Okay, that headline is a simplification, and maybe even an overstatement, but that’s the attitude of insurance companies, and even courts, when looking at evidence related to life, health and disability claims.
At Kantor & Kantor, one of the most common complaints we hear from prospective clients goes something like this: “When I called the insurance company, they told me to do xxxxxx. So I did xxxxxx. But then they sent me a letter denying my claim/cancelling my coverage because I didn’t do yyyyyy, as the policy required.”
Unfortunately, no matter how much we want to believe the prospective client, our answer is almost always the same: you have to understand, and act as though someone will one day soon say to you, “if you can’t prove it, it never happened.”
When communicating with an insurance company, it is imperative that you do so in a traceable form whenever possible. Faxes, emails, and certified mail with return receipt requested are the ONLY ways you should be communicating with them. If you do have to speak with them on the phone, you should ALWAYS follow up your phone call with a letter to the insurer (in a traceable form, obviously) recapping your understanding of the conversation. That way if you find yourself in a dispute, you have some proof that what they told you on the phone is inconsistent with what they’re telling you now.
In a very recent example, a woman contacted Kantor & Kantor claiming her insurer told her over the phone that all she needed to do was to submit proof that Social Security had found her disabled, and she could stop paying premiums on her life insurance (otherwise known as Life Insurance Waiver of Premium or “LWOP”). She sent in the proof, and heard nothing from the insurer until they sent her a notice saying they were going to cancel her policy in 30 days if she didn’t pay her back premiums. We instructed her to pay the premiums owed, and then advised her on the proper way to apply for the LWOP, which required forms to be filled out by her and her doctor’s and the submission of medical records – not just sending in her Social Security disability award letter. We also counseled her to only talk to them in traceable forms, and if you do talk on the phone, always send a traceable follow up letter regarding your understanding of the phone call. Luckily, she was able to keep her policy in force, and is now in the process of applying for LWOP the right way. Kantor & Kantor did not charge her a single cent for this advice.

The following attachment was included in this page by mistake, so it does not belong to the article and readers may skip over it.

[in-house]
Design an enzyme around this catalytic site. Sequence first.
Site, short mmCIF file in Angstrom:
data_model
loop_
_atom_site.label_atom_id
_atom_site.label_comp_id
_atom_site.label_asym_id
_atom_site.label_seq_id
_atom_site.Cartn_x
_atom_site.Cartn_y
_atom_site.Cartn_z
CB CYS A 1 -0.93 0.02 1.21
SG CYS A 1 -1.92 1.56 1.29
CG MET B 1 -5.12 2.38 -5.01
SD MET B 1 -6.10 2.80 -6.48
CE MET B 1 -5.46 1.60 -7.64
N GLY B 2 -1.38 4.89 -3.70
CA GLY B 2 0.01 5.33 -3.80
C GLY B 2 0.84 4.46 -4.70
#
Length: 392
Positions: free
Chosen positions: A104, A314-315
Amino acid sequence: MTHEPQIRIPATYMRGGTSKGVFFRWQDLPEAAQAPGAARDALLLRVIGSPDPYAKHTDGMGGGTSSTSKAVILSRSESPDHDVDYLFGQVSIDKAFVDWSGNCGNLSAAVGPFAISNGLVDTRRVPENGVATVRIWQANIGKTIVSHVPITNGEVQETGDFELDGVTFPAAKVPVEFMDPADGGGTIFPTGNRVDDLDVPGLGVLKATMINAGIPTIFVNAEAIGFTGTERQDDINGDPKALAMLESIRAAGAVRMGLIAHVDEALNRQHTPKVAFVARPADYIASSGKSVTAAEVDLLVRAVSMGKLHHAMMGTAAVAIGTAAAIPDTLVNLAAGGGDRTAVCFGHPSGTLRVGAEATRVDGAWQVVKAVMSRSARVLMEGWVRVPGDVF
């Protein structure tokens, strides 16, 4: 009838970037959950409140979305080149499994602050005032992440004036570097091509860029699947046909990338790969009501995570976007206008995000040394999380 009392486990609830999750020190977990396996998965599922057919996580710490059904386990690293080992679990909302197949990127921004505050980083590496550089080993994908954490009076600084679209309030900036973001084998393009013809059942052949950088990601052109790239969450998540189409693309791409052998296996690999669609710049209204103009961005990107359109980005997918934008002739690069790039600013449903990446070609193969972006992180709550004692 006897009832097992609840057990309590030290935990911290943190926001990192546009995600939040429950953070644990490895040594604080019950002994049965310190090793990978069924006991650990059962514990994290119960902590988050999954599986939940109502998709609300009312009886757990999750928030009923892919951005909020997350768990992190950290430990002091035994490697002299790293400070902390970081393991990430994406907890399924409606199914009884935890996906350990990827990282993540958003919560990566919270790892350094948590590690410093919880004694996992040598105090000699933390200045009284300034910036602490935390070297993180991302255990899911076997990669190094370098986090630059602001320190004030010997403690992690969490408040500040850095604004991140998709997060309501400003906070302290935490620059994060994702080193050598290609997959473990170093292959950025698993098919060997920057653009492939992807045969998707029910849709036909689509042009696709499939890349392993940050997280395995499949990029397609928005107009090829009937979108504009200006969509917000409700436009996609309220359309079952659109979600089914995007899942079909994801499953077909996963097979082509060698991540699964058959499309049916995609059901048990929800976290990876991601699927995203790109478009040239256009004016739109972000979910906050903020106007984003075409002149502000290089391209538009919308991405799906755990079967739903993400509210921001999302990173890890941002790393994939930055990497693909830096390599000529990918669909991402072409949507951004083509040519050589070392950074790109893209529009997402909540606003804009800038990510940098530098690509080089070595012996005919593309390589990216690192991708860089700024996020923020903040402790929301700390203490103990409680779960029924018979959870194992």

It seems simple and obvious, but we are continually shocked by the number of people who do not take these very easy steps to protect themselves against their insurer. We all know insurance companies will do whatever they can to get out of paying claims or honoring policies, and one of their favorite ways to achieve this is to tell you one thing on the phone and another thing in writing. So beat them at their own game, and make sure you don’t become a victim of this tactic by always communicating in traceable forms.
Initial consultaions are always free, so contact us if you have questions! (877) 783-8686.